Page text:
jboo1698: 'Easton's techniques form a novel that is both fast-paced and pays attention to a brilliantly designed storyline, designed to thrill and leave you gripped until the end'
Aiman.A: 'deliciously dark undertones running throughout and a compelling concept'
Ewan Morrison: The Hunger Games, The Giver and Divergent all depict rebellions against the state, and promote a tacit right-wing libertarianism
TheMileLongBookShelf: 'I got to the interesting twist at the end which admittedly shocked me but the fascination was temporary. I finished the book, and I didn't feel a thing. No excitement. No fangirling'
The Book Doctor recommends a dose of Michael Morpurgo, Diary of a Wimpy Kid and Jacqueline Wilson to help a boy who is struggling with his relationships with other kids and is never chosen to be a 'best friend'
Queen of Bad Puns: 'It's like the underdog book of the year'
Find out how important music is in the lives of Grisha trilogy author Leigh Bardugo and Throne of Glass writer Sarah J Maas – in this revealing interview by site member Laura137
Pheebz: 'Although Ways to Live Forever is a sad story, I loved it and is probably one of my favourite books ever'
Scouting for books: 'though Green is a great writer I, and some of my friends, do not feel he writes women very well, the emotions and feelings do not feel so feminine'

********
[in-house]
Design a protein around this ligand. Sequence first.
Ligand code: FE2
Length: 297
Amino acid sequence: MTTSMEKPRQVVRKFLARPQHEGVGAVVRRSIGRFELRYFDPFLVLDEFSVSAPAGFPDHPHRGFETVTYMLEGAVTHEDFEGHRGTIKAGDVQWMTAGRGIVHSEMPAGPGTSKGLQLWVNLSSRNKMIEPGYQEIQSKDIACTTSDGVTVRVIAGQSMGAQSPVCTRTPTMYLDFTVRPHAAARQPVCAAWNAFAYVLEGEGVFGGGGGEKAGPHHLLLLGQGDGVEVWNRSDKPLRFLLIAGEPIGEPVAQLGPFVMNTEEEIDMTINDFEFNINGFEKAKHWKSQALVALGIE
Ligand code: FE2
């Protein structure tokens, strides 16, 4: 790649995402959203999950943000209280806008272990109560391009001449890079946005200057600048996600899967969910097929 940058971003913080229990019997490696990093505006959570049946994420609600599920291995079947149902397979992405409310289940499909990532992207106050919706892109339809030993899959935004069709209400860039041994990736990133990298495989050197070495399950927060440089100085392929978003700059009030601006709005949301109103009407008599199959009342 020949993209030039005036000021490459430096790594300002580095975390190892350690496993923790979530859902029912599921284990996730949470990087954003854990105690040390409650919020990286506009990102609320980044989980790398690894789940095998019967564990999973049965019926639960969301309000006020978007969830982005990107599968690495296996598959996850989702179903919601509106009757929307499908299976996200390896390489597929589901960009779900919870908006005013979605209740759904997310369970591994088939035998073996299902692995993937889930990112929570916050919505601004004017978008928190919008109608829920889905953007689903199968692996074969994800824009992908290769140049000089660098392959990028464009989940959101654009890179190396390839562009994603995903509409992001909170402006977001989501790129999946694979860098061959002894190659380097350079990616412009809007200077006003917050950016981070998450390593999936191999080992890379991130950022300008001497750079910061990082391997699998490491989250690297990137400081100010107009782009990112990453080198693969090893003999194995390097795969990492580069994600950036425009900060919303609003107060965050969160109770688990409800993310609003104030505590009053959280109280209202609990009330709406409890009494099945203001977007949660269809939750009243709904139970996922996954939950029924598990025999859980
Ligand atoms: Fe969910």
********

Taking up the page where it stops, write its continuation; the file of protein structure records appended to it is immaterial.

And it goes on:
Pheebz: 'I really enjoyed this book because it shows how sometimes love between two people is always going to be impossible'
The Fanatical Reader: 'If you enjoy a story full of adventure, creatures (including the odd scary ghost or skeleton) from other worlds and secrecy that leave you wanting more, then this is the book for you. Just beware of the wolves…'
Niall Leonard shares some chilling writer's tips for wannabe crime writers. The devil is in the detail…
Pheebz: 'I recommend this book to all teenage girls, especially anybody worried about having spots, mad parents and never being able to find a boyfriend!'
Pheebz: 'even if you've already seen the film I would still recommend reading the book'
Sophie Louise: 'The opening pages are crammed with tension, hints about what could happen in the novel filling the pages'